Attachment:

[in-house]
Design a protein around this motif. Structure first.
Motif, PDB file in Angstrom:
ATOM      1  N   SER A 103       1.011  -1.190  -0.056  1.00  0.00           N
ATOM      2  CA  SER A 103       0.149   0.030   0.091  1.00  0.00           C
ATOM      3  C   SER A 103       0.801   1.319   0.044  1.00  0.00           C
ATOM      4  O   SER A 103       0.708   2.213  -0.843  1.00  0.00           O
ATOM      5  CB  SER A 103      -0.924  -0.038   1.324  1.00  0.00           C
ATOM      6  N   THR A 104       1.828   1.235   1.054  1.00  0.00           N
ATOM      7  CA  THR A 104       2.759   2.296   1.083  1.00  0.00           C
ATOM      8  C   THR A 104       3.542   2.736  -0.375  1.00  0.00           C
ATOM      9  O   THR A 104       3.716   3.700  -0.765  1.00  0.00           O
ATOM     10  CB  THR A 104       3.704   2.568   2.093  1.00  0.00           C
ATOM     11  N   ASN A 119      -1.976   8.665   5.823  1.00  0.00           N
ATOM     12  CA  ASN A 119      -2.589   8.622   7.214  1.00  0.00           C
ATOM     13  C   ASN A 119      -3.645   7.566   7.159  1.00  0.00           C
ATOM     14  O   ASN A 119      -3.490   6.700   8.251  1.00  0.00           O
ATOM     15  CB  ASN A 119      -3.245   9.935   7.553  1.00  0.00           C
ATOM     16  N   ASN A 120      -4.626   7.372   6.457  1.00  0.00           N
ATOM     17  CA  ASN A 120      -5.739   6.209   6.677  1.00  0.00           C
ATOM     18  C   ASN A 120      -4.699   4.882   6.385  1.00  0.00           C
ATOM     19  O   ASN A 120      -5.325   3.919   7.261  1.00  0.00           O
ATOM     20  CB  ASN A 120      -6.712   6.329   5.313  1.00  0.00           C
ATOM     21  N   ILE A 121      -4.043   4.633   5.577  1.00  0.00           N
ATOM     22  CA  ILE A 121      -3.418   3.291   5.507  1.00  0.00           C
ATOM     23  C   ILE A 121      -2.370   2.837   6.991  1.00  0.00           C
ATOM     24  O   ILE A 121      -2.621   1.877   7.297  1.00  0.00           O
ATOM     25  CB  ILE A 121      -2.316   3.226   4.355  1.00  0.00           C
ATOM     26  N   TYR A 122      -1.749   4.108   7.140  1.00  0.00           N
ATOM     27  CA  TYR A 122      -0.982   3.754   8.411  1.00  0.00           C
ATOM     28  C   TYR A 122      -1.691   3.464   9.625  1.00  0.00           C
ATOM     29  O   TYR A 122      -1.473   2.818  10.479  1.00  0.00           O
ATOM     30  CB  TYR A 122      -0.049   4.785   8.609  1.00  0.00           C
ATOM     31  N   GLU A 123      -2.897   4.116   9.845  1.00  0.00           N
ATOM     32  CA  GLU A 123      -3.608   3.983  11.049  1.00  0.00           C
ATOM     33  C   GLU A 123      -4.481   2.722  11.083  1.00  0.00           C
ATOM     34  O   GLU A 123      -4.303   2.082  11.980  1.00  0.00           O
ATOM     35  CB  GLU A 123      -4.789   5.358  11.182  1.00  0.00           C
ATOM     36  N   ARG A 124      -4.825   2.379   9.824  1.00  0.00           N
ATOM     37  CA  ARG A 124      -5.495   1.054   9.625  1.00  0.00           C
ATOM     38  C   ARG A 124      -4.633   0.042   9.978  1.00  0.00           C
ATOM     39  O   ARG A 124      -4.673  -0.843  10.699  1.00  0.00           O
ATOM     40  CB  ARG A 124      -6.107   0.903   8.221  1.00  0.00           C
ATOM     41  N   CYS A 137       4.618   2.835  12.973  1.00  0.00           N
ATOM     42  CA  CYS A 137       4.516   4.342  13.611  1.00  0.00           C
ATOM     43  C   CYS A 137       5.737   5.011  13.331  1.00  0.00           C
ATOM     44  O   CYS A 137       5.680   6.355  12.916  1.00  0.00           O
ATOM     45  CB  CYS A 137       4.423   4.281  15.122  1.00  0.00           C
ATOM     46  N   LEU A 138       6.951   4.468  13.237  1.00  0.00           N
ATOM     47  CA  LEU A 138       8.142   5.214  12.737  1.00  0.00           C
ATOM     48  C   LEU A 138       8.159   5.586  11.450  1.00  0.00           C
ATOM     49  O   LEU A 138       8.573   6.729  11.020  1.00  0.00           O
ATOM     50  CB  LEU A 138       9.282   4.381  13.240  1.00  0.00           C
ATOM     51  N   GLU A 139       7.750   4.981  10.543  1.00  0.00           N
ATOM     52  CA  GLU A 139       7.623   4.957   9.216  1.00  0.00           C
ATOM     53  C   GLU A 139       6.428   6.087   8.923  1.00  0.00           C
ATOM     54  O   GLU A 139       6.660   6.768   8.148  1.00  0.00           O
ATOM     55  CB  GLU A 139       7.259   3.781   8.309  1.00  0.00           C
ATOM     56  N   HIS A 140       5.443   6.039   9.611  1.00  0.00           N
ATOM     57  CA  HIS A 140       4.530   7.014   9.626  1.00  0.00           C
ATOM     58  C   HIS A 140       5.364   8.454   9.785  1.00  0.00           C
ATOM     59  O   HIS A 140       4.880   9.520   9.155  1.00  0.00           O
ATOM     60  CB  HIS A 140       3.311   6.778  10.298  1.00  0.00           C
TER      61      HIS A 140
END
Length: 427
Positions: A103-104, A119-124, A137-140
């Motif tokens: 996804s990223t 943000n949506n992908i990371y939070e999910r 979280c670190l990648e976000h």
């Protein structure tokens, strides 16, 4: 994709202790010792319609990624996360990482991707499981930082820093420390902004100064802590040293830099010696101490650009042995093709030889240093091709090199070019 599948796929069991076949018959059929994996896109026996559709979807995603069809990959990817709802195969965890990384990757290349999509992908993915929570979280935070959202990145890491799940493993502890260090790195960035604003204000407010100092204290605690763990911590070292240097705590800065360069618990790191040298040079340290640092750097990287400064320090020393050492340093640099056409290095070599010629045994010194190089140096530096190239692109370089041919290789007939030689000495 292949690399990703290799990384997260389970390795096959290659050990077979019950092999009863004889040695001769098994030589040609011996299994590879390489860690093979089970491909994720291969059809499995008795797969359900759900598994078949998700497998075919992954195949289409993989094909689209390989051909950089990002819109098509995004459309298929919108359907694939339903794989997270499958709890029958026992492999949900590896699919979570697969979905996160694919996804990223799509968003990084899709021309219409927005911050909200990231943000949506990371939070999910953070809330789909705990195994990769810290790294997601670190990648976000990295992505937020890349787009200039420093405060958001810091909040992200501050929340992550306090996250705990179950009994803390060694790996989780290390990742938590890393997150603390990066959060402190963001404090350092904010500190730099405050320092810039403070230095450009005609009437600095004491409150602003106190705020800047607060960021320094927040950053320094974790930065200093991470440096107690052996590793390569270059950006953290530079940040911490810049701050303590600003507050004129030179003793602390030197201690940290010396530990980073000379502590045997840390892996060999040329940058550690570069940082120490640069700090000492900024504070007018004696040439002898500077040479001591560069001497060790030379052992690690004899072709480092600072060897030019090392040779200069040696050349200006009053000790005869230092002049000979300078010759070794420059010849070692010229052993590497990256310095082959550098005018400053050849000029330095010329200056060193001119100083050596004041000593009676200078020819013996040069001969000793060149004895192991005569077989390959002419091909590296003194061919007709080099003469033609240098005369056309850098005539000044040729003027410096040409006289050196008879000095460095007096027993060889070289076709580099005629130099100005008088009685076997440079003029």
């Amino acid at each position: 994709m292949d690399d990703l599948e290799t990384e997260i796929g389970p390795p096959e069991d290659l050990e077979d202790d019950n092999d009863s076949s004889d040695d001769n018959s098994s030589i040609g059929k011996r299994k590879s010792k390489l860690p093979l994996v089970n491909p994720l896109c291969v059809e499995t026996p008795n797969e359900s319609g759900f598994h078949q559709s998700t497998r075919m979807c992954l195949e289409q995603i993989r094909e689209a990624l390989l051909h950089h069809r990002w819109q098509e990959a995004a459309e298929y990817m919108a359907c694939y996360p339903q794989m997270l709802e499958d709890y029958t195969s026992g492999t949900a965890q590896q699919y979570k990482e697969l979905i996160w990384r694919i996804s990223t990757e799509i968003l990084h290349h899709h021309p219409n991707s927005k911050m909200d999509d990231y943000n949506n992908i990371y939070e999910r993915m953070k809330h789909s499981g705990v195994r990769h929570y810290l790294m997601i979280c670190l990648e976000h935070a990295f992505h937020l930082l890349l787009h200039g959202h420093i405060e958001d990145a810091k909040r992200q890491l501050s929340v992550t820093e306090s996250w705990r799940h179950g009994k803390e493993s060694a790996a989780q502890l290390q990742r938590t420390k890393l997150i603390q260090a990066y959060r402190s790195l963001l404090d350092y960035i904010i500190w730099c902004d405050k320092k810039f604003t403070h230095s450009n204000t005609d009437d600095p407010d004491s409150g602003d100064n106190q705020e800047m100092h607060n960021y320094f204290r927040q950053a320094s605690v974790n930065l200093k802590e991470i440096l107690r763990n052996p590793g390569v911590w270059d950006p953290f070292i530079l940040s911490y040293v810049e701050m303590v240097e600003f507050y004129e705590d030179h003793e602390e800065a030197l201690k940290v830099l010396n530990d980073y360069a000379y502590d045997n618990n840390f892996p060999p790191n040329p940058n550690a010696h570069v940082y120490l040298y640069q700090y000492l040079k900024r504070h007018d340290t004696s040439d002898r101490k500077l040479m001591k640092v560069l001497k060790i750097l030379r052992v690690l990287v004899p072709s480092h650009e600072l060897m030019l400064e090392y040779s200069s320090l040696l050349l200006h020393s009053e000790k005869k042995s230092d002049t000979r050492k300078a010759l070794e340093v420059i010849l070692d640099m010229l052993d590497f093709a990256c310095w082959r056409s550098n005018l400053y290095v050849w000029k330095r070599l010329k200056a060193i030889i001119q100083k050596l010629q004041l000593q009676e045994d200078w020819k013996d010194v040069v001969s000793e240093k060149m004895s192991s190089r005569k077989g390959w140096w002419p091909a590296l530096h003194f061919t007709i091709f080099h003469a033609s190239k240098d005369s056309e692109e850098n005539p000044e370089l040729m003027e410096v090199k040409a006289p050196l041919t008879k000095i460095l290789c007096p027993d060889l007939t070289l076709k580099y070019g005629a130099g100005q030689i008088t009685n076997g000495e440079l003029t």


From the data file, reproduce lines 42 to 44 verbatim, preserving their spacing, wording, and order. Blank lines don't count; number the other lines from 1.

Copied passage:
ATOM     39  O   ARG A 124      -4.673  -0.843  10.699  1.00  0.00           O
ATOM     40  CB  ARG A 124      -6.107   0.903   8.221  1.00  0.00           C
ATOM     41  N   CYS A 137       4.618   2.835  12.973  1.00  0.00           N